At WPP’s last earnings call, the second since Sir Martin Sorrell jumped ship to avoid the plank, the Ogilvy-to-Kantar behemoth rebranded. The group became a ‘creative transformation company,’ whatever that means. earlier this week, addressing the bafflement that has rippled through adland since, new CEO Mark Read (below) took to stage at AdWeek in an attempt to shine a light on his new direction.
Unfortunately, to little avail; when questioned on his promise to invest an extra £15m in creative and his string of global mergers, he answered simply “I’m a believer in the WPP brand and the brands inside the organisation. Just, maybe, not four or five hundred of them.”
But how WPP successfully juggles its own ‘creative transformation’ in tandem with its proposed future focuses: communications, experience, commerce and technology without dropping any balls still remains to be seen.
Perhaps Sorrell can shoulder some of the blame for creating a machine with too many moving parts, of which Rube Goldberg would be proud. But when Omnicom and IPG both posted surprisingly good recent quarters, questions around what WPP is doing wrong have to be asked.
First, and this has been overlooked, Read may not have been the right man for the job. A long serving, long suffering, insider may know the lay of the land, but that is to WPP’s disadvantage. Indoctrination makes one precious about saving bits of the business that really should be disposed of. An outsider would have torn through the group with an objective, radical approach.
That is not to discredit the man — he has the toughest job in the game and is doing as good a job as he knows how. But the task of returning to sustainable long-term growth is without doubt insurmountable on the current trajectory. The business needs to be client-centric, addressing the needs of advertisers in the digital age. But it fails on two counts.
First, the VML/Y&R mash-up, or JWT/Wunderman ram-together, while certainly bringing together capabilities advertisers need under one roof, is as much about short-term cost cutting as it is ‘creative transformation,’ and it does not address the underlying fact that these businesses, and WPP proper, were never truly designed around today’s client needs. Clients no longer require an office in every country, no longer desire the top-down, slow-moving, hierarchical holding company model that thrived before the internet.
Second, is the sale of Kantar Media. It’s egregious short-termism designed only to placate weary shareholders by putting cash in their pockets.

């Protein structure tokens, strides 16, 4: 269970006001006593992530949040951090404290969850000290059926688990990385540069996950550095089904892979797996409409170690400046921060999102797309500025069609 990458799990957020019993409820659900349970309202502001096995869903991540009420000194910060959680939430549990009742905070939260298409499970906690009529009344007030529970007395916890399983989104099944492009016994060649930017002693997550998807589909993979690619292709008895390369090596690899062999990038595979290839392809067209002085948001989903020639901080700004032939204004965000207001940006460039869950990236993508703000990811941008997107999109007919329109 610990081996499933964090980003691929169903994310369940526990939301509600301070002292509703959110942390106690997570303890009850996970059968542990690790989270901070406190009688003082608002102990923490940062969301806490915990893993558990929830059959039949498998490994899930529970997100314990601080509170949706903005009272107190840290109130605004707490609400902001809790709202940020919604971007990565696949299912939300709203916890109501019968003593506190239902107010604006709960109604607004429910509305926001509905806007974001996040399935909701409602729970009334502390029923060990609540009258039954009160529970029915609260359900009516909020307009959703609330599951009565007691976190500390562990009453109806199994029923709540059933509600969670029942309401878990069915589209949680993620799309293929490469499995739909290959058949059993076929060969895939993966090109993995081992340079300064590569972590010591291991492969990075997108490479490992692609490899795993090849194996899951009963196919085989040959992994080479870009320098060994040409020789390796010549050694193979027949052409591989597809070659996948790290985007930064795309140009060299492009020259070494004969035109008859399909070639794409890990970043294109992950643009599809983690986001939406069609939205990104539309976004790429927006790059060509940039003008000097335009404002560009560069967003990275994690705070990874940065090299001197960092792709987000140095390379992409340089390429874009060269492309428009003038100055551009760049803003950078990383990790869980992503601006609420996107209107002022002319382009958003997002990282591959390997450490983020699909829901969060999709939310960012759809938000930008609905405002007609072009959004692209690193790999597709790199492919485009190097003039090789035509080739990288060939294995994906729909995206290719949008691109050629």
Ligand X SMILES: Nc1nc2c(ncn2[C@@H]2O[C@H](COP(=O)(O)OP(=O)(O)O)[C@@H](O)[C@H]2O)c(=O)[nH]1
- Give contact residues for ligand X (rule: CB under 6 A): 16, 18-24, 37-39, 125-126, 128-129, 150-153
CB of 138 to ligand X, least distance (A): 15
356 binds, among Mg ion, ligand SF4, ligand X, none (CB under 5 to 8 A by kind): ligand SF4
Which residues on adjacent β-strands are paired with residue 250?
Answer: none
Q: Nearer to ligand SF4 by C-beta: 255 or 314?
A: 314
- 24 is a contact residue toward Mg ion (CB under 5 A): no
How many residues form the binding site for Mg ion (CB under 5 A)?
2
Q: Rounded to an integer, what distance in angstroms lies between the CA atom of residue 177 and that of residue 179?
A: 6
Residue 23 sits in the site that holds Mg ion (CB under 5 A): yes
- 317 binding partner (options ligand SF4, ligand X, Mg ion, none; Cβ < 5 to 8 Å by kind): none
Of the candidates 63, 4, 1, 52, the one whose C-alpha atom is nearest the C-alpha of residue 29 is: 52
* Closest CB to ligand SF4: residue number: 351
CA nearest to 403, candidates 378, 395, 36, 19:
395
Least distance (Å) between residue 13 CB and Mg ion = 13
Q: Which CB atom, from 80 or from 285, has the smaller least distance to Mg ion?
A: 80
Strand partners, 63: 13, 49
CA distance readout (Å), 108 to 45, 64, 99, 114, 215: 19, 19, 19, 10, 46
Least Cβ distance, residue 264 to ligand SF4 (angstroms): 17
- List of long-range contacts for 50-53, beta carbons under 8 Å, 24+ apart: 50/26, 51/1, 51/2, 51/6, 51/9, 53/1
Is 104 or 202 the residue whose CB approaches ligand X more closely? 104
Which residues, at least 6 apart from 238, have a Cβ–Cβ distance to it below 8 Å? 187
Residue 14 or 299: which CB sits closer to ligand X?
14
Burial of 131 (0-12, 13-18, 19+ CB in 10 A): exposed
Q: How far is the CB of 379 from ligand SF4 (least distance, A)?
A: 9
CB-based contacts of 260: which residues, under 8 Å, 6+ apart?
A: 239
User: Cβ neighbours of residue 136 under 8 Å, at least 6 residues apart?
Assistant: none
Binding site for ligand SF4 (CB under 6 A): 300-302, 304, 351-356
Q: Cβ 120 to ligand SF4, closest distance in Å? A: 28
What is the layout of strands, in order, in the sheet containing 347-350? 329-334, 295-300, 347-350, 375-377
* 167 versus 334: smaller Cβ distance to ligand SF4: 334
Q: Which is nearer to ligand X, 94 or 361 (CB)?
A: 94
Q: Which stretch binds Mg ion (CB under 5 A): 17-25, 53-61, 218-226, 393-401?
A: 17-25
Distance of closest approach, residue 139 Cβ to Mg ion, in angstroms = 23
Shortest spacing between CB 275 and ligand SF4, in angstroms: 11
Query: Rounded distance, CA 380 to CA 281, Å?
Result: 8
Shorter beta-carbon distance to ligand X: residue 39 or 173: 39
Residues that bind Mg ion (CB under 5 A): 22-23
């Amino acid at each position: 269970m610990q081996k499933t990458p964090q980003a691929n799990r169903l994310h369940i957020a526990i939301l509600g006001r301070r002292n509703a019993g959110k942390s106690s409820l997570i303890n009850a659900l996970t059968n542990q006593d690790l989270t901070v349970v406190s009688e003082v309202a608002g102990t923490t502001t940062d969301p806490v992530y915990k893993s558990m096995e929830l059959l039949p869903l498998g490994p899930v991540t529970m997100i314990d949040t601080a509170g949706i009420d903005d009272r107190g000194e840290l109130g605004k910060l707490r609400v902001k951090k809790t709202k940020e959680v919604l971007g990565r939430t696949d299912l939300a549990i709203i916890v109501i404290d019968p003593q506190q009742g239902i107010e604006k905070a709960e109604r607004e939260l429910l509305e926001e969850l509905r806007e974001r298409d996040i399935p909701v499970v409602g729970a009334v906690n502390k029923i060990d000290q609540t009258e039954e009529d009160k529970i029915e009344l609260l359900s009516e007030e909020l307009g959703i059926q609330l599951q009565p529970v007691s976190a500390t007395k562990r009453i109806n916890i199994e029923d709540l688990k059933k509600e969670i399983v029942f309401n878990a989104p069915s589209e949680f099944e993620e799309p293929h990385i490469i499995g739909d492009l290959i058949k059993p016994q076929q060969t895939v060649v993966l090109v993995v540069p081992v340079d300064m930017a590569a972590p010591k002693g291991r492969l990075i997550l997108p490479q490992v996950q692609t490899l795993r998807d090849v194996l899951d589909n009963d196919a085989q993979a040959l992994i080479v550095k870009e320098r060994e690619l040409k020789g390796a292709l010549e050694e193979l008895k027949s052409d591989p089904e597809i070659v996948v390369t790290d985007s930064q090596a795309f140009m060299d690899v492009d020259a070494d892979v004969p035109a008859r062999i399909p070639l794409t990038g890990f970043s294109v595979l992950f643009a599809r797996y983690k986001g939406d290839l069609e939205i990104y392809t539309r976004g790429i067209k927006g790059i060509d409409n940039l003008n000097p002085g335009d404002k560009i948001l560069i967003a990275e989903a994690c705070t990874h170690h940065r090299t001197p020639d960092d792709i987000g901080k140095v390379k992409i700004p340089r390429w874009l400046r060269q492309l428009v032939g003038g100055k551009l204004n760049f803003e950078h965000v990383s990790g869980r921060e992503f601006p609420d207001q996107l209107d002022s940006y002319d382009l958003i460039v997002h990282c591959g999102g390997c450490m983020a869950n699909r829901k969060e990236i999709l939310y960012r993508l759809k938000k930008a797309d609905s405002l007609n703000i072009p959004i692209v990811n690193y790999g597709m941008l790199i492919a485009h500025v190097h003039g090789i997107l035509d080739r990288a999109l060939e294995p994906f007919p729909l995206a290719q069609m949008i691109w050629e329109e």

It fails to ameliorate any underlying structural woes.
Any nutritionist will tell you that going on a diet needs to be supported by exercise. Cutting weight quickly may make the company look more streamlined, but it doesn’t make you healthier. WPP is achieving only the appearance of health while its arteries are clogged.
Creating a flexible, agile, digital, client-centric business from a sprawling holding company is never going to happen.
It’s not just WPP. Publicis Groupe, too is disjointed, it just receives less press. Each company blames cutbacks in ad-spending and competition from digital players and consultants.
But returning to an earlier point, Omnicom and IPG have also achieved growth. How? Do these issues not affect them? The former has succeeded due to new business success, the latter due to having something approaching a client-centric model.
And that’s the crux. Read is still behaving like a holding company. Inflexible, centrally-controlled and hierarchical – the polar opposite of how other industries are adapting. A one-size-fits-all approach worked for eighties FMCG brands, but will not suffice for lean digital firms which require advertising partners that reflect their own work, output and ethos.
Read can merge as many businesses as he likes, but if those firms do not fundamentally change the way they work to reflect client’s needs, it represents little but a distraction to keep the wolves at bay.
He can set as many half-year cost-cutting targets as he pleases. A return to growth requires more than short-term niceties. An old house is crumbling, and Read is renovating, hoping no one notices the lead pipe and asbestos.
Better to rip it down and start again.
Peter Reid is CEO of MSQ Partners.